In The House on Mango Street, in the chapter "Hairs" is the chapter unified?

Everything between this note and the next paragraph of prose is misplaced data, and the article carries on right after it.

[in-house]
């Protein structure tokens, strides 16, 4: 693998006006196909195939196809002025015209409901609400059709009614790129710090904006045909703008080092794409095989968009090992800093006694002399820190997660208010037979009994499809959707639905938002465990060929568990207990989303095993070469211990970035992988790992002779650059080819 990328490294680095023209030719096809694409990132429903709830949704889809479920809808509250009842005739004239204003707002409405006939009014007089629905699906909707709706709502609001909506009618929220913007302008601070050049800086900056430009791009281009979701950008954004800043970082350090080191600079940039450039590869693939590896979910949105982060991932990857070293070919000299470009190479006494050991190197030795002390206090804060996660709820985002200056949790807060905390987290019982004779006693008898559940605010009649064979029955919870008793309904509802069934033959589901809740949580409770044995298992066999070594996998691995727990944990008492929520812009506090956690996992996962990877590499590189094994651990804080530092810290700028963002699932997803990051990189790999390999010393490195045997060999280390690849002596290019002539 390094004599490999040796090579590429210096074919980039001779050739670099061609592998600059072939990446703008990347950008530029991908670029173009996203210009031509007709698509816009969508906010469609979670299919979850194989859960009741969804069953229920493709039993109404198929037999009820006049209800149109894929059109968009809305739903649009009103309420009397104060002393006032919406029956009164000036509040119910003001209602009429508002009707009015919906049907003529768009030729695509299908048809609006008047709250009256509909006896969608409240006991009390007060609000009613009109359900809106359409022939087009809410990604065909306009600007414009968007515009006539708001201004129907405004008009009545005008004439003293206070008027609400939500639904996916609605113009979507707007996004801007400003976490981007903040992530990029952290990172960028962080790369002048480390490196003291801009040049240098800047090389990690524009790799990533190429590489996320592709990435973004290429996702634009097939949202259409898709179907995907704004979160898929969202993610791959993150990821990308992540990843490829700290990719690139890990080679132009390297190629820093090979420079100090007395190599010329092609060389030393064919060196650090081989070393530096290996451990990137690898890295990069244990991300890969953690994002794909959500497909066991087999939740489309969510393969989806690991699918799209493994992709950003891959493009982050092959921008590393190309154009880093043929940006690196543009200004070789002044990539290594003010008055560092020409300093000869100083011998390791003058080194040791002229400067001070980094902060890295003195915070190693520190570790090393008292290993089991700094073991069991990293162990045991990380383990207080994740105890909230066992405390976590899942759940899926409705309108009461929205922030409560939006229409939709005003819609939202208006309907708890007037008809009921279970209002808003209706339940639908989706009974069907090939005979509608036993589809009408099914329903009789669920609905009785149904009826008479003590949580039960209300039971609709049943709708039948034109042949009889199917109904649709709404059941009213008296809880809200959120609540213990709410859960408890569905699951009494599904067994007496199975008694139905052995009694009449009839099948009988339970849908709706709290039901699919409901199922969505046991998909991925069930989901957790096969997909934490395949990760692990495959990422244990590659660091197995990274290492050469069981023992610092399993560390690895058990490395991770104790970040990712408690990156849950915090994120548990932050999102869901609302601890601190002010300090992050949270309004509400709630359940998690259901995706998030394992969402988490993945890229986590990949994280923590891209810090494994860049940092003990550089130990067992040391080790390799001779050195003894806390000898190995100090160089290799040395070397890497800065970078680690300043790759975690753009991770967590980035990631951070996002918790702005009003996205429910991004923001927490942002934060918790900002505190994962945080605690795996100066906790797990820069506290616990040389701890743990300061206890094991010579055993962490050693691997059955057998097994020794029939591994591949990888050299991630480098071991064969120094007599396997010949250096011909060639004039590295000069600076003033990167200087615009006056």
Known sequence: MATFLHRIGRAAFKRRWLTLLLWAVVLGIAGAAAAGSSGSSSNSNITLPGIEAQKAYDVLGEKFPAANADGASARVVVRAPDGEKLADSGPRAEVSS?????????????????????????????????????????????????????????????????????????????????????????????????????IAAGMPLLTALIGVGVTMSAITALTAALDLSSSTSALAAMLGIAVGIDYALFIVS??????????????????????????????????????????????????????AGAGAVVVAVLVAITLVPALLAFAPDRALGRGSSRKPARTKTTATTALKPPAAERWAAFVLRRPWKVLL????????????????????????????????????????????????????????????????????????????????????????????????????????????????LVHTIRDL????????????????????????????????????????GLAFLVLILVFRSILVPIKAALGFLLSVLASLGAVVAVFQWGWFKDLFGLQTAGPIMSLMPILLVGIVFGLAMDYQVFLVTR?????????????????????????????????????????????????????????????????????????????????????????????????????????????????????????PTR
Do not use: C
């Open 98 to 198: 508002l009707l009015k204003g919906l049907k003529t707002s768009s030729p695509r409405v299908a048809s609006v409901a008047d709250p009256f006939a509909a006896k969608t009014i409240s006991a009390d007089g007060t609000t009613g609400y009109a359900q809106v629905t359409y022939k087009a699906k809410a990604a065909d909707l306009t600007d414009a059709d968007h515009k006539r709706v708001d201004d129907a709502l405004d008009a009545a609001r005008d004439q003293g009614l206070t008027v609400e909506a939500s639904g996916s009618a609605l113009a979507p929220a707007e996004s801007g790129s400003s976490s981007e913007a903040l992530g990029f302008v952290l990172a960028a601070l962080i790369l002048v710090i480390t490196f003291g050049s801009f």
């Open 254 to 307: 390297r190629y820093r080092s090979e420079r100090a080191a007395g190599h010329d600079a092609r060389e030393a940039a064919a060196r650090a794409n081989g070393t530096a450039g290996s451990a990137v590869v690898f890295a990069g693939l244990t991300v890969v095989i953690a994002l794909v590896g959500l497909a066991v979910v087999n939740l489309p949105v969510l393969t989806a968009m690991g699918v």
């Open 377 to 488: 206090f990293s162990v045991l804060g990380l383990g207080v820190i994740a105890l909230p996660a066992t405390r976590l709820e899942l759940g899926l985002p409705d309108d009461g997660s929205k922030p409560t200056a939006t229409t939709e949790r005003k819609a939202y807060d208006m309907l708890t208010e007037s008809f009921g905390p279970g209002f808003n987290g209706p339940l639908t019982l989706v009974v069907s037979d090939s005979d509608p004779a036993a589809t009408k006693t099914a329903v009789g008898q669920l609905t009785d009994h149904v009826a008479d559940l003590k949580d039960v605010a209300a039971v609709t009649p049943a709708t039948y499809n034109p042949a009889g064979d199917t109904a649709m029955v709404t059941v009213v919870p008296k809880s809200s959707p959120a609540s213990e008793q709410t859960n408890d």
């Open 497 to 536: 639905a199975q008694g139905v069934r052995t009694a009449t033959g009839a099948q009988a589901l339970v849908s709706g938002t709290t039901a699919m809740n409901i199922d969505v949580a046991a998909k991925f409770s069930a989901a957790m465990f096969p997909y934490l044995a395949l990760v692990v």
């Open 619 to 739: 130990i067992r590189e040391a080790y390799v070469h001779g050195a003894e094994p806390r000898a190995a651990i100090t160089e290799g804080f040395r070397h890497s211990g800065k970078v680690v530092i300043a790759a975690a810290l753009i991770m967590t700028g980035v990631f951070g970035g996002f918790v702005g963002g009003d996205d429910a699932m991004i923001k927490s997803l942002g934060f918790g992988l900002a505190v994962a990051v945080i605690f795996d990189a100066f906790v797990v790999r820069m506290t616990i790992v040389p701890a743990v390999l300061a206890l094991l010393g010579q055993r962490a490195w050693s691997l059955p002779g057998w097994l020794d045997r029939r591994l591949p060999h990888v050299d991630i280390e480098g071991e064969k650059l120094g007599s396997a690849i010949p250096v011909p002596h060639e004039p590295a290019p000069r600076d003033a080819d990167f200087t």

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In regards to the unity of the vignette "Hairs," the short, seemingly unrelated story fits in with Sandra Cisneros 's overall narrative style of the work. Essentially, "Hairs" is a vignette about the different types of hair each member has in Esperanza’s family. Esperanza mentions that her Papa's hair is up in the air, Carlos's hair is thick and straight, Nenny's hair is slippery, and her mother's hair is like little rosettes while her own hair is lazy. Esperanza’s perception of her hair as being "lazy" reveals her discomfort with herself at this particular stage in life. Esperanza's lack of confidence is a reoccurring theme throughout her adolescence. Her mother is also portrayed as a...

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